“When words fail, music speaks”.
06 Sep 14
by Jennalene Brink, MTA
This famous quote by Hans Christian Anderson rings true for an 86 year old gentlemen adjusting to life with Dementia. Due to a decline in health and memory that has affected his independence, “John” and his family decided it would be best for him to move into an extended care facility. Though John agreed , he moved into his new home reluctantly and after a few months seemed to lose his sense of purpose. He began to refuse social activities and spend much of his time sleeping. John eventually isolated himself to his room or the corner of a quiet lounge by the window.
This is where the music therapist first met John. At first, he was sceptical of this thing called ‘music therapy’. He looked at the music therapist with questioning eyes as he reluctantly agreed to listen to some music. John said the only music that he really liked was church hymns. Frustrated, he admitted he couldn’t name any hymns because he had forgotten. The music therapist began to sing; “Amazing grace, how sweet the sound…” and as the familiar tune hit John’s ear he found himself singing along and remembering every word!
Following a few individual music therapy sessions, John and the music therapist began to build a relationship of trust. One afternoon, John confided to the music therapist that he no longer wanted to live and that his only prayer was that God would take him home. The music therapist suggested singing hymns that brought John comfort. Together John and the music therapist sang hymns that spoke of a faith secured in Jesus Christ: “because He lives, I can face tomorrow…”, “When peace like a river attendeth my way… it is well with my soul”, “and when I think, that God his son not sparing…how great thou art”. John sang each song with conviction, hardly missing a word. At the end of this session, he told the music therapist he didn’t know if he would see her because he hoped to be, as he pointed upwards, “up there”. The music therapist acknowledged that if John was going to be “up there”, she would see him when she got there and if not, then she would see him next week.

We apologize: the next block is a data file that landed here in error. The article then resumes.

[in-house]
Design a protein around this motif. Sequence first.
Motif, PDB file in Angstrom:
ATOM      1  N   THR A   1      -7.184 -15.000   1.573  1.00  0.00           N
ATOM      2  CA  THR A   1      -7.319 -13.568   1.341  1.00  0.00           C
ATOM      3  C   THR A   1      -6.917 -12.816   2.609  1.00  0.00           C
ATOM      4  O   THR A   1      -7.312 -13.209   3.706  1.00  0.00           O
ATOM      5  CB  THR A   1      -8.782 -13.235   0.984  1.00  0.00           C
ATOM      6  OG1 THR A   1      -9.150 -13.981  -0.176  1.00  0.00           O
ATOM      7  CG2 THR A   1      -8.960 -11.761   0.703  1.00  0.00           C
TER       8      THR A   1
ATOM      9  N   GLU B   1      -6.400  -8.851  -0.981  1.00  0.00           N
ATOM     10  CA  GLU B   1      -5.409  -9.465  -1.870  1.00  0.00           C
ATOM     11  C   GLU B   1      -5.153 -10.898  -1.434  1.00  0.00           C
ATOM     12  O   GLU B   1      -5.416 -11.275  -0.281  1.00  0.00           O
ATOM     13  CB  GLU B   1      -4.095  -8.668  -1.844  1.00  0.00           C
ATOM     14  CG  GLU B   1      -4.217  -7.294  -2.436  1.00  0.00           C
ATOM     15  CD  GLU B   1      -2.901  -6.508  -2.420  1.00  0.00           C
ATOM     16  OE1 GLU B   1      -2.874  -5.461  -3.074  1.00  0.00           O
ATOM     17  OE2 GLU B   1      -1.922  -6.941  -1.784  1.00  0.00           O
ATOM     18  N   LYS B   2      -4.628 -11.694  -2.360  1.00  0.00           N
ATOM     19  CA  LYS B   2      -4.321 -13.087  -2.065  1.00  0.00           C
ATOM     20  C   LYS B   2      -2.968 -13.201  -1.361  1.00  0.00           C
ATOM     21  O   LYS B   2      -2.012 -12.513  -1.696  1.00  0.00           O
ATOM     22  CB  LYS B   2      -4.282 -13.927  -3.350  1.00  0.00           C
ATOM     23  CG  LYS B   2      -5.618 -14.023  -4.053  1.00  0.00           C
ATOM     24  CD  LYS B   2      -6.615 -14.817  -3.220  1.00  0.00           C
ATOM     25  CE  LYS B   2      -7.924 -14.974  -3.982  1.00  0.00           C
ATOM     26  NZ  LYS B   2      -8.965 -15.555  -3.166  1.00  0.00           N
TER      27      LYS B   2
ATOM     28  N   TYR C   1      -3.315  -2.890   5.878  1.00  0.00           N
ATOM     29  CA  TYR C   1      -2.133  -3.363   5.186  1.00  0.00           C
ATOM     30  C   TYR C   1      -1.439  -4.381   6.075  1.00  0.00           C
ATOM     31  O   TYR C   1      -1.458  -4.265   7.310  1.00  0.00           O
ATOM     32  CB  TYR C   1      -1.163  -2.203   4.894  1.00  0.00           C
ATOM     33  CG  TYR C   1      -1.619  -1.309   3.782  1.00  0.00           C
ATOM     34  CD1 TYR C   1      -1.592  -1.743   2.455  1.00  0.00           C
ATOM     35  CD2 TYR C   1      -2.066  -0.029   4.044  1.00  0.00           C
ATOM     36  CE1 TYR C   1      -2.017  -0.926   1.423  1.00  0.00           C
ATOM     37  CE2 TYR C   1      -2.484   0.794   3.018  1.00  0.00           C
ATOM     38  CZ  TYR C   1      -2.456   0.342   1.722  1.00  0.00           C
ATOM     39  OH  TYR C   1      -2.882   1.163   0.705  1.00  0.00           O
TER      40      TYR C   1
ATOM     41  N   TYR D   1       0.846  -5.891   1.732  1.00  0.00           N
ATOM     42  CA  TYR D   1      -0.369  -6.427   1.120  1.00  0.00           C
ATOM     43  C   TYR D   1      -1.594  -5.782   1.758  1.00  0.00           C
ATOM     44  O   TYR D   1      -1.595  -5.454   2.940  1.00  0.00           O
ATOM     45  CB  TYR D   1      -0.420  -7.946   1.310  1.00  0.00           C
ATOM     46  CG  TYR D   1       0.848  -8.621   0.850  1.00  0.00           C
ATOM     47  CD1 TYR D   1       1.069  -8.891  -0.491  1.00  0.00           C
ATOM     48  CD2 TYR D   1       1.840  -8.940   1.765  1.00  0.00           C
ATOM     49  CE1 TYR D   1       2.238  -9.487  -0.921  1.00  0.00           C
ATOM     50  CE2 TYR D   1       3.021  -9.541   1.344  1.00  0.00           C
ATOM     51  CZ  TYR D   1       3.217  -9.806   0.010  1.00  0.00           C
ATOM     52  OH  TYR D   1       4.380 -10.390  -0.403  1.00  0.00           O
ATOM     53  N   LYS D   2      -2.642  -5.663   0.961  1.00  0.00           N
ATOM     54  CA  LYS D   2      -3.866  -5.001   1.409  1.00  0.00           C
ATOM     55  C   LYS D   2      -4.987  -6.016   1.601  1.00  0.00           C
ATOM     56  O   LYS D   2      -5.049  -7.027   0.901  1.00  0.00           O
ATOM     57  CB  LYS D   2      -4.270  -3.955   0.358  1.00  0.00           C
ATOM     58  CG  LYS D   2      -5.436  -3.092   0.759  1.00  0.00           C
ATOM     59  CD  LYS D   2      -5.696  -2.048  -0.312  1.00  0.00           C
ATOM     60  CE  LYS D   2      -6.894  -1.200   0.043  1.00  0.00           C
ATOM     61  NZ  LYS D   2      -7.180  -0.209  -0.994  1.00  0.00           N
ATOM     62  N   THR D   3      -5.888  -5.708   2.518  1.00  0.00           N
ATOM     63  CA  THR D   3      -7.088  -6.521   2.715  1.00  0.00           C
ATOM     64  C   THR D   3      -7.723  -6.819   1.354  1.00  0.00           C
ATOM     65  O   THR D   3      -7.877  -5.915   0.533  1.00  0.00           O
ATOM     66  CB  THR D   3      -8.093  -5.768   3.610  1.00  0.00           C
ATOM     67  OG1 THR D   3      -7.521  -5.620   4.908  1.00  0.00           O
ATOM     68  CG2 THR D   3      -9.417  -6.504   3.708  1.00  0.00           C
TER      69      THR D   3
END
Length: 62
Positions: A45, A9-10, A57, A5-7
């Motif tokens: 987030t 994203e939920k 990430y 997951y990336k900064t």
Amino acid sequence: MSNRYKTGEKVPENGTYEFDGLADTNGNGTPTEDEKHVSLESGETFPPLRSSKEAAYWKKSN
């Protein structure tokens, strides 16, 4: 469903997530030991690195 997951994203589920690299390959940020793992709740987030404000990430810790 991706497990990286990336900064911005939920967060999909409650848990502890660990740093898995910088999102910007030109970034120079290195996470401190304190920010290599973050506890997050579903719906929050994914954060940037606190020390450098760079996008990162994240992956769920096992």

The therapist did see him the following week and the pair continued to sing hymns together during their music therapy sessions. John’s hymn selections often spoke of a strong conviction of his faith in Jesus Christ and the hope of one day living with him. As the sessions continued and the relationship between John and the therapist grew, John’s selection in hymns began to change. The hymns he selected began to speak more about God’s faithfulness and blessing rather than a longing for heaven. John continued to engage the music therapist in verbal conversation which usually resulted in John feeling frustrated and ashamed that he could no longer remember. But when John heard two or three notes of a familiar hymn, he began to sing fluently with confidence and conviction. While singing “Great is Thy Faithfulness” John was able to freely communicate, without the burden of Dementia. His eyes would brighten and a smile would cross his face, it seemed that he had purpose again. When his brain failed to find the words use, the tune of the old familiar hymns enabled him to speak.
John continues to have individual music therapy sessions. He also participates in group music therapy sessions where he is an active and vital member. Staff members have noted that John is now attending recreational activities and initiates conversations with his table mates. John’s family has noticed that their father has started to live with a new purpose. One of John’s most treasured hymns is “I love to tell the story, t’will be my theme in glory. To tell the old, old story, of Jesus and his love”.